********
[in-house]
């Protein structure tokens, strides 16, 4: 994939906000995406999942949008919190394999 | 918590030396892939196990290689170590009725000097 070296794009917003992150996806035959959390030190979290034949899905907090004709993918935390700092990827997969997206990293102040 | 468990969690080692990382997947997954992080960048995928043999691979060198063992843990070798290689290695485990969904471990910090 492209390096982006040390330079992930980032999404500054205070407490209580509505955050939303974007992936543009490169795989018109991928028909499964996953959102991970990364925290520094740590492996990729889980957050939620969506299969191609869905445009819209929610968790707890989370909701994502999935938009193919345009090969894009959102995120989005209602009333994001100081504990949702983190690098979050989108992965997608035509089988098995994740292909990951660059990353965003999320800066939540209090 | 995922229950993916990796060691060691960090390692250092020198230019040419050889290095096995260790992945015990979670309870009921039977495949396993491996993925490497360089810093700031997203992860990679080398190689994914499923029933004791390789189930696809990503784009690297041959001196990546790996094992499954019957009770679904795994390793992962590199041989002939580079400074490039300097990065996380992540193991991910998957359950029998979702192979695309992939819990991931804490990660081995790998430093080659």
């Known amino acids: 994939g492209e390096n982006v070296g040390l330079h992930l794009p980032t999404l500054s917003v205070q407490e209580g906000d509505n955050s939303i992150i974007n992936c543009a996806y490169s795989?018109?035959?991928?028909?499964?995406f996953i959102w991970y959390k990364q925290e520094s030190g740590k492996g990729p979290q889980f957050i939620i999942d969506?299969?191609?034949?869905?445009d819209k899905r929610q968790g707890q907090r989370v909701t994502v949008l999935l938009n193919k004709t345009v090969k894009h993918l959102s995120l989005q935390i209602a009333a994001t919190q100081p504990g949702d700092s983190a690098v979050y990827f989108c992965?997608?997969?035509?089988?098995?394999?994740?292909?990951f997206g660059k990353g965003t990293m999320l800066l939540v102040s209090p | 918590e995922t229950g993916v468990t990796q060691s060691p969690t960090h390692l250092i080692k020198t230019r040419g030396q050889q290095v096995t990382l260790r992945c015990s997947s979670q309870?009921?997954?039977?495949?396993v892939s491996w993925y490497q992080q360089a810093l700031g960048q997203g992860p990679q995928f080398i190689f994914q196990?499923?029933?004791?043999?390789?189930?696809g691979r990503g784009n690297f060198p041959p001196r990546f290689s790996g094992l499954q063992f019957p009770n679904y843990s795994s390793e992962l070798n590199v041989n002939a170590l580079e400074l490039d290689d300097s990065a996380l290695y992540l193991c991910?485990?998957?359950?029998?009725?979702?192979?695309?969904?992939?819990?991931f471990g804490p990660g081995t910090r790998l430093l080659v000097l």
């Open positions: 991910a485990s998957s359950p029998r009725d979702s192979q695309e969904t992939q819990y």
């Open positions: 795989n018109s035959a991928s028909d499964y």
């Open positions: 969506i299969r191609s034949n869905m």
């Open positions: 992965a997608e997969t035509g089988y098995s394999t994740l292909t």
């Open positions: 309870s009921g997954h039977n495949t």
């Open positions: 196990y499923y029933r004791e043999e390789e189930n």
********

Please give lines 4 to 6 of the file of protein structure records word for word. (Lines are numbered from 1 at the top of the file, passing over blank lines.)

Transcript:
């Open positions: 991910a485990s998957s359950p029998r009725d979702s192979q695309e969904t992939q819990y």
């Open positions: 795989n018109s035959a991928s028909d499964y």
């Open positions: 969506i299969r191609s034949n869905m």